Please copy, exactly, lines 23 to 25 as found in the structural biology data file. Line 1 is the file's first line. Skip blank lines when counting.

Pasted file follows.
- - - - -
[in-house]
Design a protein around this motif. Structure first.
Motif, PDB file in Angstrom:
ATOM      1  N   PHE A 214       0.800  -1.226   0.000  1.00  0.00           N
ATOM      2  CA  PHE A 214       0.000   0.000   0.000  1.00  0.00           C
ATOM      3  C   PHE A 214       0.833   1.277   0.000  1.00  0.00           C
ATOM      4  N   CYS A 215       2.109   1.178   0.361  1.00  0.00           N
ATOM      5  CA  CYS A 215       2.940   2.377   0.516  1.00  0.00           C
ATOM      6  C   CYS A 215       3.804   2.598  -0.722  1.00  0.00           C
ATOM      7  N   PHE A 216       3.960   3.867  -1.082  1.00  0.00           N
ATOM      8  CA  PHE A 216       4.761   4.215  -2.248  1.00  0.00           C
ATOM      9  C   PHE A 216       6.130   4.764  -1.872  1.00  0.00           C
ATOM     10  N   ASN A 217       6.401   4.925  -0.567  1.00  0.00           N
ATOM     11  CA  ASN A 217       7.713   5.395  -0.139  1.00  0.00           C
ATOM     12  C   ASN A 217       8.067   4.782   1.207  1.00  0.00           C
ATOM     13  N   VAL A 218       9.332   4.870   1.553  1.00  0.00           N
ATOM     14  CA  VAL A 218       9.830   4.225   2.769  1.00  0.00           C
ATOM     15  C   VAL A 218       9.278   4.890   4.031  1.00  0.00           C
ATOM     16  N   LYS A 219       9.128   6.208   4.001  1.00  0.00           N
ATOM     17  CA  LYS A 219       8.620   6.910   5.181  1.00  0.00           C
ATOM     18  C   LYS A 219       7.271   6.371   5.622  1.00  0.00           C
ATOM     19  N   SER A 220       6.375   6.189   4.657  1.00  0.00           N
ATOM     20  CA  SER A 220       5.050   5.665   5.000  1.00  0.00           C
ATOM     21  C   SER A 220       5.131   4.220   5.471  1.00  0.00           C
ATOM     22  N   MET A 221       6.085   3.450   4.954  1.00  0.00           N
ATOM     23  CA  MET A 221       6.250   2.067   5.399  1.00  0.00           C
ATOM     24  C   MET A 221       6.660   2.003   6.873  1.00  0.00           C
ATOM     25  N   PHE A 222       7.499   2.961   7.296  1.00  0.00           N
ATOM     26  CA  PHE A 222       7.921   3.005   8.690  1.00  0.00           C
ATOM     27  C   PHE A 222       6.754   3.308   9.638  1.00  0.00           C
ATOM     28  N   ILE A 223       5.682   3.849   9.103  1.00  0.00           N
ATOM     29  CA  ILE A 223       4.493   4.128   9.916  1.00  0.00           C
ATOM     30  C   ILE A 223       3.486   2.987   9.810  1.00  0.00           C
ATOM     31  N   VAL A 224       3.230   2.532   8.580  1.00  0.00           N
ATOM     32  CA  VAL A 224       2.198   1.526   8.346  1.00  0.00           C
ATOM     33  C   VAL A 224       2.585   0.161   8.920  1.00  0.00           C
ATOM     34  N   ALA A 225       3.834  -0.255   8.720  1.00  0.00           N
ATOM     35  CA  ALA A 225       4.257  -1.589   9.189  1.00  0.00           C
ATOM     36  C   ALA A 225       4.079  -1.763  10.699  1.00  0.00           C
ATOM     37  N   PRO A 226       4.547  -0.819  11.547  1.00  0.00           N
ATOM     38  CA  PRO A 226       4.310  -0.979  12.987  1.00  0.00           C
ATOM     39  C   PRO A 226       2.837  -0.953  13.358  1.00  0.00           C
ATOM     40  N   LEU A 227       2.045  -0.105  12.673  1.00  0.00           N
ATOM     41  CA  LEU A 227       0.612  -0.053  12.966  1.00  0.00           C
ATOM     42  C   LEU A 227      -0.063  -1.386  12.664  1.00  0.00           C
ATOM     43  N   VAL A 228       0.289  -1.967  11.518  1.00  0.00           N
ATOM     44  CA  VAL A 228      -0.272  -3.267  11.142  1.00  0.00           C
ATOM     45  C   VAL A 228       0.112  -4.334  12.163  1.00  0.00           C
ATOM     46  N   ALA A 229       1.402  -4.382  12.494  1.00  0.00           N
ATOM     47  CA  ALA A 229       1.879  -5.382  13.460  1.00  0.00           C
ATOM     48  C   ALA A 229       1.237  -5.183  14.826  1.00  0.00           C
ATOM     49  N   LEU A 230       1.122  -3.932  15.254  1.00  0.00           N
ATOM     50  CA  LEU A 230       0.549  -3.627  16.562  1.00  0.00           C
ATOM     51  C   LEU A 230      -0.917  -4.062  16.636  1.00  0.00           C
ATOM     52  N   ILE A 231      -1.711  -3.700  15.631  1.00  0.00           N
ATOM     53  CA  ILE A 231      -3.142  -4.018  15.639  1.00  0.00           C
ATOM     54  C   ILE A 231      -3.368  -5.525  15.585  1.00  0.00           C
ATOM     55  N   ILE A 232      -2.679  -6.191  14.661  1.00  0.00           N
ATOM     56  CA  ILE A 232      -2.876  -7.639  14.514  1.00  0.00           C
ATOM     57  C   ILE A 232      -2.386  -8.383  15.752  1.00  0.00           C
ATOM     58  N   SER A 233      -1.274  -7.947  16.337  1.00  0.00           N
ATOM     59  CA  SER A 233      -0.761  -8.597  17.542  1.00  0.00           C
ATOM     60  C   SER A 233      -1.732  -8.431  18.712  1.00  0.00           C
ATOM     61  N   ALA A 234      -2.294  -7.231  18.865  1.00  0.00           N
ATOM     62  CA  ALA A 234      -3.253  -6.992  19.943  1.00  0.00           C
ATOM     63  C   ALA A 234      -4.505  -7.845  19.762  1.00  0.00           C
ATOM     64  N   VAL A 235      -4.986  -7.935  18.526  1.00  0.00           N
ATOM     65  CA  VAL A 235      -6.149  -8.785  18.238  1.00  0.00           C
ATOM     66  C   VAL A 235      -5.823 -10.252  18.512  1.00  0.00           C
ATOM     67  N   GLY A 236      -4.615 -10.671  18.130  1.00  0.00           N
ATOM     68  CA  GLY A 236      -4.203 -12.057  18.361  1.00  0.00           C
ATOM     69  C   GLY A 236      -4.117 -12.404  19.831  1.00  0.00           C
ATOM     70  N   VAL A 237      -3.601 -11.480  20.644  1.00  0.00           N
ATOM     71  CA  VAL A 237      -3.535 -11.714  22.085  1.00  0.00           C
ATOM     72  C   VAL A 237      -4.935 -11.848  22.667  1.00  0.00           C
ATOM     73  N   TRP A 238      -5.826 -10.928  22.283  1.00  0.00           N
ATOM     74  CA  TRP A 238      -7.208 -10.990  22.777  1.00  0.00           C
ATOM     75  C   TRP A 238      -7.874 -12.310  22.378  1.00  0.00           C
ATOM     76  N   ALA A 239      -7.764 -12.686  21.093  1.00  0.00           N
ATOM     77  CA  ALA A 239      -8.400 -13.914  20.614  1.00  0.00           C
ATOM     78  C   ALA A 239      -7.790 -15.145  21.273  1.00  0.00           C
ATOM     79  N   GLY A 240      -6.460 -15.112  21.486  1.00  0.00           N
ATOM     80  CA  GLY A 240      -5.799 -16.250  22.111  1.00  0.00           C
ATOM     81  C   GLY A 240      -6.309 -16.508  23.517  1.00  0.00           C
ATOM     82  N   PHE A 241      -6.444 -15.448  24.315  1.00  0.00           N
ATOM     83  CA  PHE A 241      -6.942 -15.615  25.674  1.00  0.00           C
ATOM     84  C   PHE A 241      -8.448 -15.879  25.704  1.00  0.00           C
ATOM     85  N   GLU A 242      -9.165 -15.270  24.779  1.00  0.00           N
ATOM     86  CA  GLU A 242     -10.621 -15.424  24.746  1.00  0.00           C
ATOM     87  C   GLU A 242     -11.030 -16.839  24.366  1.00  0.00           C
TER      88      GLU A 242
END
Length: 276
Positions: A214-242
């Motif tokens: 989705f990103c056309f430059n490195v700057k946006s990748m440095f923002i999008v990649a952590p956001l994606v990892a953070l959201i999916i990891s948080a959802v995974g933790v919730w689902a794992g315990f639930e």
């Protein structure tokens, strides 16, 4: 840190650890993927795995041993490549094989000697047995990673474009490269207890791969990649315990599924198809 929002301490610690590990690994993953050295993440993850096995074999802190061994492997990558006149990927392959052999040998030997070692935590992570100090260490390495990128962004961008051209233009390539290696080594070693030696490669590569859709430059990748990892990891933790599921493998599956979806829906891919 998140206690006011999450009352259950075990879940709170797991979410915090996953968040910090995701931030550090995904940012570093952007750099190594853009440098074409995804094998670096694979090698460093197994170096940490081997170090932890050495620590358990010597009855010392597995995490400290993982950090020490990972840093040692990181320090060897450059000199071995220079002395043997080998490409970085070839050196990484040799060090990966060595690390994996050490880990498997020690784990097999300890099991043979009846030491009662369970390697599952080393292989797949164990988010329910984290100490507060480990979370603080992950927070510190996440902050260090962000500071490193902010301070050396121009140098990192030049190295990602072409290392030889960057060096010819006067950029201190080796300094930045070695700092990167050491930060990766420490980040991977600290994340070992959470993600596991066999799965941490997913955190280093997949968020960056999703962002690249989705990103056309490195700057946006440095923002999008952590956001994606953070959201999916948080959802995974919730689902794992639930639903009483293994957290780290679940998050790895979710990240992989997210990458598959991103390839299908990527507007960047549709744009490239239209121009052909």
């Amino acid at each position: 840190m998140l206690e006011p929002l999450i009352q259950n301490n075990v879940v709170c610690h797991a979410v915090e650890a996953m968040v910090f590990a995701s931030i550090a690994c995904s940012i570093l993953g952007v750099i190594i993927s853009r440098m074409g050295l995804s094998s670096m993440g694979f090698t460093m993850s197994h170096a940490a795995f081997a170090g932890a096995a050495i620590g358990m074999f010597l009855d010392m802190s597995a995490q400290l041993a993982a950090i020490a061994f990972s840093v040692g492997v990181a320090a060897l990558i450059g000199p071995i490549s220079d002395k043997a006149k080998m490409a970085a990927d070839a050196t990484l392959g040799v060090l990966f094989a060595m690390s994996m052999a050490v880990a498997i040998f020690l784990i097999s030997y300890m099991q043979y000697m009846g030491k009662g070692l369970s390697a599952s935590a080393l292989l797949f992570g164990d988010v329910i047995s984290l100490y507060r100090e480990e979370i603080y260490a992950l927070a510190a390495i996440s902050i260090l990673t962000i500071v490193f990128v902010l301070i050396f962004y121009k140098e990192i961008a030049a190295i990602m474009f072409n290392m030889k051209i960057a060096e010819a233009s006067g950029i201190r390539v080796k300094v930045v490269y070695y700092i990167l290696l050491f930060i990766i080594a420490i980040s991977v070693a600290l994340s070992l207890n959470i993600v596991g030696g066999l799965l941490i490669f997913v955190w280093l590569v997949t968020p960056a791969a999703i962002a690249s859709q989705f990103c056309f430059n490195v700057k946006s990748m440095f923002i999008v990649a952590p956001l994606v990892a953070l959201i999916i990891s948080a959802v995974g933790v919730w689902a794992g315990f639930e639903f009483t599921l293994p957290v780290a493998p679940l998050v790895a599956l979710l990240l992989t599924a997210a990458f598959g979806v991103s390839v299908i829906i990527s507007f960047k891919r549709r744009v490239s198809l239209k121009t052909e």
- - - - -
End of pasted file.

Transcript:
ATOM     20  CA  SER A 220       5.050   5.665   5.000  1.00  0.00           C
ATOM     21  C   SER A 220       5.131   4.220   5.471  1.00  0.00           C
ATOM     22  N   MET A 221       6.085   3.450   4.954  1.00  0.00           N